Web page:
NATO has been leading a peace-support operation in Kosovo since June 1999 in support of wider international efforts to build peace and stability in the area, report Press NATO, transmete the National Information Agency “Presheva Jonë”.
NATO’s role in Kosovo
On 9 June 1998, US President Bill Clinton declared a “national emergency” (state of emergency) due to the “unusual and extraordinary threat to the national security and foreign policy of the United States” imposed by Yugoslavia and Serbia over the Kosovo War.
On 23 September 1998 acting under Chapter VII of the United Nations Charter the UN Security Council adopted Resolution 1199. This expressed ‘grave concern’ at reports reaching the Secretary General that over 230,000 people had been displaced from their homes by ‘the excessive and indiscriminate use of force by Serbian security forces and the Yugoslav Army’, demanding that all parties in Kosovo and the Federal Republic of Yugoslavia (Serbia and Montenegro) cease hostilities and maintain a ceasefire. On 24 September the North Atlantic Council (NAC) of NATO issued an “activation warning” (ACTWARN) taking NATO to an increased level of military preparedness for both a limited air option and a phased air campaign in Kosovo. The other major issue for those who saw no option but to resort to the use of force was the estimated 250,000 displaced Albanians, 30,000 of whom were out in the woods, without warm clothing or shelter, with winter fast approaching.
Meanwhile, the U.S. Ambassador to the Republic of Macedonia, Christopher Hill, was leading shuttle diplomacy between an Albanian delegation, led by Rugova, and the Yugoslav and Serbian authorities. It was these meetings which were shaping what was to be the peace plan to be discussed during a period of planned NATO occupation of Kosovo. During a period of two weeks, threats intensified, culminating in NATO’s Activation Order being given. NATO was ready to begin airstrikes, and Richard Holbrooke went to Belgrade in the hope of reaching an agreement with Milošević. Officially, the international community demanded an end to fighting. It specifically demanded that the Yugoslavia end its offensives against the KLA whilst attempting to convince the KLA to drop its bid for independence. Moreover, attempts were made to persuade Milošević to permit NATO peacekeeping troops to enter Kosovo. This, they argued, would allow for the Christopher Hill peace process to proceed and yield a peace agreement.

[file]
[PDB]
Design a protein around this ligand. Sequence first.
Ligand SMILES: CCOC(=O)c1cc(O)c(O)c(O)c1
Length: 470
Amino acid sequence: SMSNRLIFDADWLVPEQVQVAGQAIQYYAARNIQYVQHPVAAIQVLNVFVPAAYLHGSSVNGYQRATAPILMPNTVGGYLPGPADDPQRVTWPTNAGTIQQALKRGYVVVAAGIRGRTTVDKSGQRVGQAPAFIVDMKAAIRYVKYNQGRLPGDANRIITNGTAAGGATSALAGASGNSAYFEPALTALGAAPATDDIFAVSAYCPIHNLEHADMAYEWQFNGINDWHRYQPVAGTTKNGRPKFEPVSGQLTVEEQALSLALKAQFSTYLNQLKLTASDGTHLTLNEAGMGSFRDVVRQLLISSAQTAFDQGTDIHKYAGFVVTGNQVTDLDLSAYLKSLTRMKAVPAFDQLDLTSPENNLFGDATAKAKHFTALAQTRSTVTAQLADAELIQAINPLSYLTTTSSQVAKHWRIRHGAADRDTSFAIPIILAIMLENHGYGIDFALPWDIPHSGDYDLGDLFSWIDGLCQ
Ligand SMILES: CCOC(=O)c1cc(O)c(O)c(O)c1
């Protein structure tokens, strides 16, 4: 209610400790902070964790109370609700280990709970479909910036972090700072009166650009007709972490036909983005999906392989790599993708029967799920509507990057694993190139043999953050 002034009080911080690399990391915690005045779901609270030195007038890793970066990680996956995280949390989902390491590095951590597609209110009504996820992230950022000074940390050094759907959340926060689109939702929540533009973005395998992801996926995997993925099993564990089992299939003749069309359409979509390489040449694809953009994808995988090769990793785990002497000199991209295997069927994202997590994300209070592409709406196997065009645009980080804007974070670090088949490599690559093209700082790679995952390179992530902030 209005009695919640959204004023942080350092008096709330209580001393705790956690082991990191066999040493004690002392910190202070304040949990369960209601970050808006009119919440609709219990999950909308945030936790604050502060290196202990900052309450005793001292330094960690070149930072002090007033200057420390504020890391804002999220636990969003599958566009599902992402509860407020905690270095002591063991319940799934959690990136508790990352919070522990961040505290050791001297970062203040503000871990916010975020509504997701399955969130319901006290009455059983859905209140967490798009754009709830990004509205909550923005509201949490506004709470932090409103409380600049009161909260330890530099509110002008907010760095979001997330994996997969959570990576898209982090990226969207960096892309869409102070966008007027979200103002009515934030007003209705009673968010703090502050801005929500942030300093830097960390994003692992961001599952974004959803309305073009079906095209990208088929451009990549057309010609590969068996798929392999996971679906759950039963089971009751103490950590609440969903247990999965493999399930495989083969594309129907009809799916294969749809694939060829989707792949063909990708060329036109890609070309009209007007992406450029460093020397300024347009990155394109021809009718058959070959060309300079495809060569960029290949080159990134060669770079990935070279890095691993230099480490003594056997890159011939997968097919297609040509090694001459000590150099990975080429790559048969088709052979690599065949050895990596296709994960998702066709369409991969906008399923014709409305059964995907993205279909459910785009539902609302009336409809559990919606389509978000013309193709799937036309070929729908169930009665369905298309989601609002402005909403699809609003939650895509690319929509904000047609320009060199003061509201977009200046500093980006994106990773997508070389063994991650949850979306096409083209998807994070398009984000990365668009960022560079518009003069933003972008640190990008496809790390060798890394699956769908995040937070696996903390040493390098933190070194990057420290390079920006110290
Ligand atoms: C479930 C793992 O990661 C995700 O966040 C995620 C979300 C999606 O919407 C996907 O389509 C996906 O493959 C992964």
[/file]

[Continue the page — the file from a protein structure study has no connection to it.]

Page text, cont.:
- NATO has been leading a peace-support operation in Kosovo – the Kosovo Force (KFOR) – since June 1999.
- KFOR was established when NATO’s 78-day air campaign against Milosevic’s regime, aimed at putting an end to violence in Kosovo, was over.
- KFOR’s original objectives were to deter renewed hostilities, establish a secure environment and ensure public safety and order, demilitarize the Kosovo Liberation Army, support the international humanitarian effort and coordinate with the international civil presence.
- Today, KFOR continues to contribute towards maintaining a safe and secure environment in Kosovo and freedom of movement for all.
- NATO strongly supports the Belgrade-Pristina EU-brokered Normalisation Agreement (2013) and KFOR stands ready to support its implementation.
- KFOR derives its mandate from UNSCR 1244 (1999) and the Military-Technical Agreement between NATO, the Federal Republic of Yugoslavia and Serbia.
Today, approximately 4,600 troops from the NATO-led Kosovo Force (KFOR), provided by 31 countries continue to work towards maintaining a safe and secure environment and freedom of movement for all citizens and communities in Kosovo.
Throughout Kosovo, KFOR is cooperating and coordinating with the United Nations (UN), the European Union (EU) and other international actors to support the development of a stable, democratic, multi-ethnic and peaceful Kosovo. In April 2013, Belgrade and Pristina reached an Agreement on Normalisation, which is helping to improve relations between both parties while giving momentum to the Euro-Atlantic integration of the Western Balkans. NATO and KFOR stand ready to support the implementation of this agreement within its means and capabilities.
Over time, as the security situation has improved, NATO has been gradually adjusting KFOR’s force posture towards a smaller and more flexible force with fewer static tasks. All adjustments to force posture are decided by the North Atlantic Council (NAC) as the security situation on the ground evolves.